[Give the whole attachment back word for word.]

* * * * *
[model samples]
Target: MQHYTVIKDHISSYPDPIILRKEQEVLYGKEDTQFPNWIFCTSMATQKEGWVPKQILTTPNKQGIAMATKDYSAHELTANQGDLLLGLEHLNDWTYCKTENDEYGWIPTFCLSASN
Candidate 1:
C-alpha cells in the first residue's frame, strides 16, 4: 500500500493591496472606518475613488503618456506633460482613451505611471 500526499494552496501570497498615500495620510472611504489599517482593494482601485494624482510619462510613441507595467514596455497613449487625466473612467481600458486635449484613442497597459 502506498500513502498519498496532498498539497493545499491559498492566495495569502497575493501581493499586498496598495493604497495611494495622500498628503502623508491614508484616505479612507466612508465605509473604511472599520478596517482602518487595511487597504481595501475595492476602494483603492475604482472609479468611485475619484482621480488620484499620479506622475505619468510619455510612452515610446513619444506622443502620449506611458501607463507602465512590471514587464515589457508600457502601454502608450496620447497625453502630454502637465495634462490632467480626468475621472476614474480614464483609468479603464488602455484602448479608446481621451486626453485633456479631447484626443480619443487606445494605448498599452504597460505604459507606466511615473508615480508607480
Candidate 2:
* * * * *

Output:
[model samples]
Target: MQHYTVIKDHISSYPDPIILRKEQEVLYGKEDTQFPNWIFCTSMATQKEGWVPKQILTTPNKQGIAMATKDYSAHELTANQGDLLLGLEHLNDWTYCKTENDEYGWIPTFCLSASN
Candidate 1:
C-alpha cells in the first residue's frame, strides 16, 4: 500500500493591496472606518475613488503618456506633460482613451505611471 500526499494552496501570497498615500495620510472611504489599517482593494482601485494624482510619462510613441507595467514596455497613449487625466473612467481600458486635449484613442497597459 502506498500513502498519498496532498498539497493545499491559498492566495495569502497575493501581493499586498496598495493604497495611494495622500498628503502623508491614508484616505479612507466612508465605509473604511472599520478596517482602518487595511487597504481595501475595492476602494483603492475604482472609479468611485475619484482621480488620484499620479506622475505619468510619455510612452515610446513619444506622443502620449506611458501607463507602465512590471514587464515589457508600457502601454502608450496620447497625453502630454502637465495634462490632467480626468475621472476614474480614464483609468479603464488602455484602448479608446481621451486626453485633456479631447484626443480619443487606445494605448498599452504597460505604459507606466511615473508615480508607480
Candidate 2: